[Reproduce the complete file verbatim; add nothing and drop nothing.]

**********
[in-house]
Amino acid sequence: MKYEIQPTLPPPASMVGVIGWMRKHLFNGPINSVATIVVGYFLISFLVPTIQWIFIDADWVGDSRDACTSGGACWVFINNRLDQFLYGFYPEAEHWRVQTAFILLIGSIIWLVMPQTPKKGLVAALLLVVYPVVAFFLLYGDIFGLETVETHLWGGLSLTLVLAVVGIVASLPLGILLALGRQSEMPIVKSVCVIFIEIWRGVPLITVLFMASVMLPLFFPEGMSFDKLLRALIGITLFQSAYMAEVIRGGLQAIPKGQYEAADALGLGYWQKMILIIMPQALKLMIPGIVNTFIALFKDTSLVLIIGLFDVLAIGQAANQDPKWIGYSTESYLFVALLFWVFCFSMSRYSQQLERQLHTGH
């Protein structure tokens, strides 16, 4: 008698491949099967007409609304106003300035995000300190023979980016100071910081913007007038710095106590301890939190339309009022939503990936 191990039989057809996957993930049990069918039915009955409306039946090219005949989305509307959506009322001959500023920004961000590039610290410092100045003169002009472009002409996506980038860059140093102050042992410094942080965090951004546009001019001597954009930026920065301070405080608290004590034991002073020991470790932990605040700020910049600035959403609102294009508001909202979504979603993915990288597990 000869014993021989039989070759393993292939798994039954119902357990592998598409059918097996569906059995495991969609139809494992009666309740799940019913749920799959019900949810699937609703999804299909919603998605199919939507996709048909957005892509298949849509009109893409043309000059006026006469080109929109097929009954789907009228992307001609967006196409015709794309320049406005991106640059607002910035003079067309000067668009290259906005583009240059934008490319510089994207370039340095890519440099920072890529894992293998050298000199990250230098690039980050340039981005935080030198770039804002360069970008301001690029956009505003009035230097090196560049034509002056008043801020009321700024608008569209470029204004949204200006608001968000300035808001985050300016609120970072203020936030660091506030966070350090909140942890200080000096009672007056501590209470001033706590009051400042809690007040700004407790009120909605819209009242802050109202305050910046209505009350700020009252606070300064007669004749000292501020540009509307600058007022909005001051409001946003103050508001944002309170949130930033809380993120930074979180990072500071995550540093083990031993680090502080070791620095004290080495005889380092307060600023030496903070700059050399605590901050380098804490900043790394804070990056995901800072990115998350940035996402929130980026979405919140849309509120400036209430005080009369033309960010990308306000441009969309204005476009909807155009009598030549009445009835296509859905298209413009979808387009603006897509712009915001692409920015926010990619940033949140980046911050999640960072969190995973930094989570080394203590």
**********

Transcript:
[in-house]
Amino acid sequence: MKYEIQPTLPPPASMVGVIGWMRKHLFNGPINSVATIVVGYFLISFLVPTIQWIFIDADWVGDSRDACTSGGACWVFINNRLDQFLYGFYPEAEHWRVQTAFILLIGSIIWLVMPQTPKKGLVAALLLVVYPVVAFFLLYGDIFGLETVETHLWGGLSLTLVLAVVGIVASLPLGILLALGRQSEMPIVKSVCVIFIEIWRGVPLITVLFMASVMLPLFFPEGMSFDKLLRALIGITLFQSAYMAEVIRGGLQAIPKGQYEAADALGLGYWQKMILIIMPQALKLMIPGIVNTFIALFKDTSLVLIIGLFDVLAIGQAANQDPKWIGYSTESYLFVALLFWVFCFSMSRYSQQLERQLHTGH
């Protein structure tokens, strides 16, 4: 008698491949099967007409609304106003300035995000300190023979980016100071910081913007007038710095106590301890939190339309009022939503990936 191990039989057809996957993930049990069918039915009955409306039946090219005949989305509307959506009322001959500023920004961000590039610290410092100045003169002009472009002409996506980038860059140093102050042992410094942080965090951004546009001019001597954009930026920065301070405080608290004590034991002073020991470790932990605040700020910049600035959403609102294009508001909202979504979603993915990288597990 000869014993021989039989070759393993292939798994039954119902357990592998598409059918097996569906059995495991969609139809494992009666309740799940019913749920799959019900949810699937609703999804299909919603998605199919939507996709048909957005892509298949849509009109893409043309000059006026006469080109929109097929009954789907009228992307001609967006196409015709794309320049406005991106640059607002910035003079067309000067668009290259906005583009240059934008490319510089994207370039340095890519440099920072890529894992293998050298000199990250230098690039980050340039981005935080030198770039804002360069970008301001690029956009505003009035230097090196560049034509002056008043801020009321700024608008569209470029204004949204200006608001968000300035808001985050300016609120970072203020936030660091506030966070350090909140942890200080000096009672007056501590209470001033706590009051400042809690007040700004407790009120909605819209009242802050109202305050910046209505009350700020009252606070300064007669004749000292501020540009509307600058007022909005001051409001946003103050508001944002309170949130930033809380993120930074979180990072500071995550540093083990031993680090502080070791620095004290080495005889380092307060600023030496903070700059050399605590901050380098804490900043790394804070990056995901800072990115998350940035996402929130980026979405919140849309509120400036209430005080009369033309960010990308306000441009969309204005476009909807155009009598030549009445009835296509859905298209413009979808387009603006897509712009915001692409920015926010990619940033949140980046911050999640960072969190995973930094989570080394203590």